The $600M election only Justin Trudeau wanted: will it backfire?

By Cynthia Mulligan

It is an unprecedented election in the midst of a pandemic. As the fourth wave carries on, one only has to look to the crisis in Alberta to see COVID-19 is still a threat and far from over. But when the election was called the federal Liberals stumbled out of the gate, unable to explain why they triggered it. It is a question they have not been able to properly answer to justify the expense to COVID-weary voters.

“I was one of the people off the top that said this was the ‘Seinfeld election,’ an election about nothing. In some ways it has been, but it is certainly an important election,” observes Will Stewart, a public affairs strategist and senior vice president at Hill and Knowlton.

Among the many issues, the election will determine if Canada will, or will not, move forward on a national childcare plan and how it will tackle climate change.

At dissolution, the Liberals had 155 seats and the Conservatives had 119. Polls suggest the two parties are neck-and-neck, each needing 170 seats to win a majority, but it does not appear either will reach that coveted target. Veteran pollster John Wright with Maru Public Opinion doesn’t think it is possible, saying, “there is no one in the current landscape that is going to win a majority.”

CityNews will be covering election night across the country with a panel representing many perspectives and voices. Ontario NDP MPP Sol Mamakwa, a strong voice for Indigenous communities, will be in our station throughout the evening along with Ontario Green Party leader Mike Schreiner who believes Trudeau may ultimately regret his decision to try and get a majority.

“I think it has the possibility of backfiring on Mr. Trudeau,” he says. “He never has defined why he called the election and what he needs a mandate for.”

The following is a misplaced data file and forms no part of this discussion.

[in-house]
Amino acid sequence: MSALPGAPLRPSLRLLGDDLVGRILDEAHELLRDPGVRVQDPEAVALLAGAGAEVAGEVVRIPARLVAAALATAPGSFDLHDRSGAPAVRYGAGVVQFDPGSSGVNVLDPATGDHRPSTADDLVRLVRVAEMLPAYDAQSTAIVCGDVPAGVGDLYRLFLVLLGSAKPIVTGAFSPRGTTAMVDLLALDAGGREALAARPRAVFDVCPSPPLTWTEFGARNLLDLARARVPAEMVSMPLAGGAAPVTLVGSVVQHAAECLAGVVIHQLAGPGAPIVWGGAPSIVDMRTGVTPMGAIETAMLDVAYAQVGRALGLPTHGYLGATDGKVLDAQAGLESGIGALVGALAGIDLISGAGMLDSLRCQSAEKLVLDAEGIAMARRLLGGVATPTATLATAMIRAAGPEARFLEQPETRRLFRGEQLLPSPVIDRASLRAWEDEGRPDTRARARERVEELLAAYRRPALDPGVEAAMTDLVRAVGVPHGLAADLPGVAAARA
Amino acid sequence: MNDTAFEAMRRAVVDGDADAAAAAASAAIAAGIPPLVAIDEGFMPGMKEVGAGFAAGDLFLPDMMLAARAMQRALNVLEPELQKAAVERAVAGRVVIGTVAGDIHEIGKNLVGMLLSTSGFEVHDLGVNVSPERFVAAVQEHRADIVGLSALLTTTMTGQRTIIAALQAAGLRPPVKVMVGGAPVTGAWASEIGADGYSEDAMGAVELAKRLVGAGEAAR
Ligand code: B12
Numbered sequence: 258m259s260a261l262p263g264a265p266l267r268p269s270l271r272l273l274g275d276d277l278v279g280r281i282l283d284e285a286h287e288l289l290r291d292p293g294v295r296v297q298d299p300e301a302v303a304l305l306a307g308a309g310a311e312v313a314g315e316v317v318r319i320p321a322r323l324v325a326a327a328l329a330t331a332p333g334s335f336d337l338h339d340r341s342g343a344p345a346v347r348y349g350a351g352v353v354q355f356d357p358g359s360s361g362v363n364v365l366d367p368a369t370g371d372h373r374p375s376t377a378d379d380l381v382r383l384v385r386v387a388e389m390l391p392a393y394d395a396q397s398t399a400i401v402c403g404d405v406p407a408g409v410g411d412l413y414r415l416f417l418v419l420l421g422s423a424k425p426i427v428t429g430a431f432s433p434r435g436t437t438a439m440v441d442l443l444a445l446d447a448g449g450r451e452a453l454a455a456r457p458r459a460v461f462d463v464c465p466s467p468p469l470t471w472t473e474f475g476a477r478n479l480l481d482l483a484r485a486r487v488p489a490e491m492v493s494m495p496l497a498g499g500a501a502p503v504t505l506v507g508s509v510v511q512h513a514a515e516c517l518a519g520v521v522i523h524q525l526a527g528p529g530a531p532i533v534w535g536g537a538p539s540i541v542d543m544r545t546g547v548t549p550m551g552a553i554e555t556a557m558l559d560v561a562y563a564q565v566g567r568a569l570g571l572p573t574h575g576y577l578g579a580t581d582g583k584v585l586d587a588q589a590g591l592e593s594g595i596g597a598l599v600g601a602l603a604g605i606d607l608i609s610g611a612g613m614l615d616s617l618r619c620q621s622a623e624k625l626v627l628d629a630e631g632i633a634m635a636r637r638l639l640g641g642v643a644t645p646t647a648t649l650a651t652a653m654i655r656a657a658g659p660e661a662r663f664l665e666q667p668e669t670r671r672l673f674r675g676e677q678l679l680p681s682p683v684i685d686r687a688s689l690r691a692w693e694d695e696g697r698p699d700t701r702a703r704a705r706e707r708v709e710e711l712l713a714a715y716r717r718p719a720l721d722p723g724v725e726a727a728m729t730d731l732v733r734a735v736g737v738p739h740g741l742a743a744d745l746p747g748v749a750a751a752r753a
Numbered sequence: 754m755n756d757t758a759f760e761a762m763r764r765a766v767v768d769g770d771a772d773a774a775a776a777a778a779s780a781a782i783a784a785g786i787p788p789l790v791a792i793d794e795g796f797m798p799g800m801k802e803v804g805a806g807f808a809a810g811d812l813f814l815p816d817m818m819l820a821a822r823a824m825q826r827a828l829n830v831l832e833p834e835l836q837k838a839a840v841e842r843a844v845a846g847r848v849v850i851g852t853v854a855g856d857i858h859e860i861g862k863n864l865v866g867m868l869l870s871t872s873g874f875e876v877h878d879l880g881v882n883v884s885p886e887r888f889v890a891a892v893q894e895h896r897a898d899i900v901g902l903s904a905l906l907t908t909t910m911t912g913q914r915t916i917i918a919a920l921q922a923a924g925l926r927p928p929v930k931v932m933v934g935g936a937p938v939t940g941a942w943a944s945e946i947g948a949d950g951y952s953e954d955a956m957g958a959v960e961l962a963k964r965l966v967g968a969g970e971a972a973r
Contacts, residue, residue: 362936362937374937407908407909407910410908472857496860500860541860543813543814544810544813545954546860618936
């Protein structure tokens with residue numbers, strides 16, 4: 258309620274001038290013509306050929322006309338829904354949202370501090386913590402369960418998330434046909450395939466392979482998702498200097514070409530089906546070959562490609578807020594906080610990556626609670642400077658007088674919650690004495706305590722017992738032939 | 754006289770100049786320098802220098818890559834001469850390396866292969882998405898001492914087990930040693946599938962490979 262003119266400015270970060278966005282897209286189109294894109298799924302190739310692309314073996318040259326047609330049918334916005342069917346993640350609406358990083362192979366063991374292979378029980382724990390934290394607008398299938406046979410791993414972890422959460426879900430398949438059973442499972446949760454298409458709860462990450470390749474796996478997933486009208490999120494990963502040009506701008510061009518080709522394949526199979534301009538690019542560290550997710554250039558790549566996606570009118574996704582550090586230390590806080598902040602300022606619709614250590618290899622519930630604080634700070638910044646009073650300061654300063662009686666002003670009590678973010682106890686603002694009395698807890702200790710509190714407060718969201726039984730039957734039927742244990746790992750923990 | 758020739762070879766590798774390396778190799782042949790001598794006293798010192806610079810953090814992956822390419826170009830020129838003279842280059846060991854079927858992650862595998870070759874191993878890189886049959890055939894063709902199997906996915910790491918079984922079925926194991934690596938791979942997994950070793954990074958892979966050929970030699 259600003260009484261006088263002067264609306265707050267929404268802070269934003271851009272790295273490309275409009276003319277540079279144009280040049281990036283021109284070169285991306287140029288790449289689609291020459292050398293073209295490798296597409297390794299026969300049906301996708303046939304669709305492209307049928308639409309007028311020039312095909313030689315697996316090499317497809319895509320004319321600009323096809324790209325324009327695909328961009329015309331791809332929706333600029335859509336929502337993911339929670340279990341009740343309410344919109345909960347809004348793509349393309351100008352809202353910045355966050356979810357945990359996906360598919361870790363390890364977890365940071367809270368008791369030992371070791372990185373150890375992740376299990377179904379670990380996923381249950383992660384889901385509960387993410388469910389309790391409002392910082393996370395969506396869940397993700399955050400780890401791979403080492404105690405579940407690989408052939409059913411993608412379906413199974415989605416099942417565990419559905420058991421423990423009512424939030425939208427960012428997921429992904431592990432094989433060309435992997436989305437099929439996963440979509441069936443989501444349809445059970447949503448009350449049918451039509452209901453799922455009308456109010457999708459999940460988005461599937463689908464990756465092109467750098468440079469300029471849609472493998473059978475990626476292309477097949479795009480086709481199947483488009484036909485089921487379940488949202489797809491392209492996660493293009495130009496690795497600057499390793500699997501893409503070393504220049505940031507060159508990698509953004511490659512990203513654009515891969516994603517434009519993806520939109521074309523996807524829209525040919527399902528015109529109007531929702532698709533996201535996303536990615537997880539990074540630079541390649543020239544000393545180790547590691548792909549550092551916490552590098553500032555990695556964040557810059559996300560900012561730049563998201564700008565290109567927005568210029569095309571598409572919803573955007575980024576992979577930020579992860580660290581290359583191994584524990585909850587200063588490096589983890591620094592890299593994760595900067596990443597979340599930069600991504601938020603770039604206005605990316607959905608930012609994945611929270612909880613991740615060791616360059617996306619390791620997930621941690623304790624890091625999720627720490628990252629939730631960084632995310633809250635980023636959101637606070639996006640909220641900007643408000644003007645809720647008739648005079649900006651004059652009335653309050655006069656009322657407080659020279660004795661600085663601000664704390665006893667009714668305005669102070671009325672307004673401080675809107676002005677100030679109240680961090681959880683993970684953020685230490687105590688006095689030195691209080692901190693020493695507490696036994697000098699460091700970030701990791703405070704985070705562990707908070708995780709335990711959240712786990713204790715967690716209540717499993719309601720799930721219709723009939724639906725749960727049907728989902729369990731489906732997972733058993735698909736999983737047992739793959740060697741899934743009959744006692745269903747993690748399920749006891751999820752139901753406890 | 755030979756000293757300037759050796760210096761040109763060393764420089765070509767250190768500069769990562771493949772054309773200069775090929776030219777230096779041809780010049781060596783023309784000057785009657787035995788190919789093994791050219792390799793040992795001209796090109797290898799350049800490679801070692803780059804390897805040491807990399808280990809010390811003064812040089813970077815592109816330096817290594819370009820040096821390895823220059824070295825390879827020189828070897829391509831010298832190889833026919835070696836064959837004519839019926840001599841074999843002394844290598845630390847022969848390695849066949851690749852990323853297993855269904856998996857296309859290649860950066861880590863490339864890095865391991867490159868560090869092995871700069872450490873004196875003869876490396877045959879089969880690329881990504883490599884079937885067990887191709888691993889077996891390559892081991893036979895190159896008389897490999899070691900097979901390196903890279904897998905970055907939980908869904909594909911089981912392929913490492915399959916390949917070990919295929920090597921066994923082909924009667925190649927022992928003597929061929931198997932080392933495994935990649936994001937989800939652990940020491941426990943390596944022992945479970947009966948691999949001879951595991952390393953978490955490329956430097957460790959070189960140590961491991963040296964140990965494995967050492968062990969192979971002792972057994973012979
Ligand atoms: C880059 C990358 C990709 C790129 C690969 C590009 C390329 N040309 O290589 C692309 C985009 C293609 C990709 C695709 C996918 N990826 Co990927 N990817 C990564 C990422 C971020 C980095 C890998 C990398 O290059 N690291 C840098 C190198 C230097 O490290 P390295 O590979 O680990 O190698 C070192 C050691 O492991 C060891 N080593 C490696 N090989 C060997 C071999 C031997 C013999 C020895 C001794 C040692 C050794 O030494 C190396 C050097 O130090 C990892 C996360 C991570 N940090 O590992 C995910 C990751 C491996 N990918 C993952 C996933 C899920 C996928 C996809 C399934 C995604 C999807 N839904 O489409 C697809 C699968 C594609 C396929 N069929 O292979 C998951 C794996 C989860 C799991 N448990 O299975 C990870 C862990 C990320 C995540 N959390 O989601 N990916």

RELATED: How and where to watch CityNews’ coverage on election day

On election night the CityNews panel will also include B.C.’s former provincial Liberal attorney general Suzanne Anton, Andray Domise from Maclean’s, Will Stewart from Hill and Knowlton, veteran Liberal insider Bob Richardson, and Estefan Cortes-Vargas, a former NDP MLA in Alberta and current transgender activist who says voters resent having to go to the polls.

“People are very resistant to this election taking place in the first place,” says Cortes-Vargas. “The anti-vaxxers are making a lot of waves and headlines but when it comes to talking about childcare, foreign affairs, the economy not a lot of things are making it into that conversation.”

In fact, anger has been a dominant theme in this election to the benefit of Maxime Bernier. He has been courting anti-vaxxers with his libertarian anti-establishment messaging. Many believe his People’s Party of Canada will pull votes away from Erin O’Toole and the Conservatives. Various polls suggest Bernier’s party has four to eight per cent support, a marked increase from the last federal election in 2019 when he won 1.6 per cent of the vote. Bernier may not win any seats, but he could cost the Conservatives seats in tight ridings and hand Trudeau a victory. A look at this cover of the conservative leaning Toronto Sun‘s newspaper on Friday, Sept. 17, shows the very real concern among some Conservatives.


Ultimately, victory will come down to which party can get out the vote on election day. That’s a given in any election, but the pandemic adds a new twist. Will voters want to stand in line in a pandemic? Stewart says COVID-19 could also impact the outcome.

“Those lines are going to be long,” he says. “We know we have fewer polling stations than we typically have, and Elections Canada has less staff all because of the pandemic so those are interesting questions and voter turnout could play a massive factor in this election.”

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